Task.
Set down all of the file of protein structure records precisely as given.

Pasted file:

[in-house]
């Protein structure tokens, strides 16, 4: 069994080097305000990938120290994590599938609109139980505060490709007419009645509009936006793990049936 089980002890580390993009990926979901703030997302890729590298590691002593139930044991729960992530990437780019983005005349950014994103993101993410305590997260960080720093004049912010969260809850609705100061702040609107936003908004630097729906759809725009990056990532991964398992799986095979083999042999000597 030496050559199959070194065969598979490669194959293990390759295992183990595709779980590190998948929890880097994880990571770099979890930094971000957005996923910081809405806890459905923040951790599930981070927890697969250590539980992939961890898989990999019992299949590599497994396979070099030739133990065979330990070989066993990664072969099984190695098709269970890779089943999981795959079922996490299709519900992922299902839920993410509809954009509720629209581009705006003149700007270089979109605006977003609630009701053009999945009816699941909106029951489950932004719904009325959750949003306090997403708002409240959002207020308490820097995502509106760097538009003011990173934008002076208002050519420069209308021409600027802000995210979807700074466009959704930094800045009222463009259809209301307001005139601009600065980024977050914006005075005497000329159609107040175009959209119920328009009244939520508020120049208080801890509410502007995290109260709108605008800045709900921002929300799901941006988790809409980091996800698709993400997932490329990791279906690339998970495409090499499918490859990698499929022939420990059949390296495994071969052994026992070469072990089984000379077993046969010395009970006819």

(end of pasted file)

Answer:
[in-house]
């Protein structure tokens, strides 16, 4: 069994080097305000990938120290994590599938609109139980505060490709007419009645509009936006793990049936 089980002890580390993009990926979901703030997302890729590298590691002593139930044991729960992530990437780019983005005349950014994103993101993410305590997260960080720093004049912010969260809850609705100061702040609107936003908004630097729906759809725009990056990532991964398992799986095979083999042999000597 030496050559199959070194065969598979490669194959293990390759295992183990595709779980590190998948929890880097994880990571770099979890930094971000957005996923910081809405806890459905923040951790599930981070927890697969250590539980992939961890898989990999019992299949590599497994396979070099030739133990065979330990070989066993990664072969099984190695098709269970890779089943999981795959079922996490299709519900992922299902839920993410509809954009509720629209581009705006003149700007270089979109605006977003609630009701053009999945009816699941909106029951489950932004719904009325959750949003306090997403708002409240959002207020308490820097995502509106760097538009003011990173934008002076208002050519420069209308021409600027802000995210979807700074466009959704930094800045009222463009259809209301307001005139601009600065980024977050914006005075005497000329159609107040175009959209119920328009009244939520508020120049208080801890509410502007995290109260709108605008800045709900921002929300799901941006988790809409980091996800698709993400997932490329990791279906690339998970495409090499499918490859990698499929022939420990059949390296495994071969052994026992070469072990089984000379077993046969010395009970006819």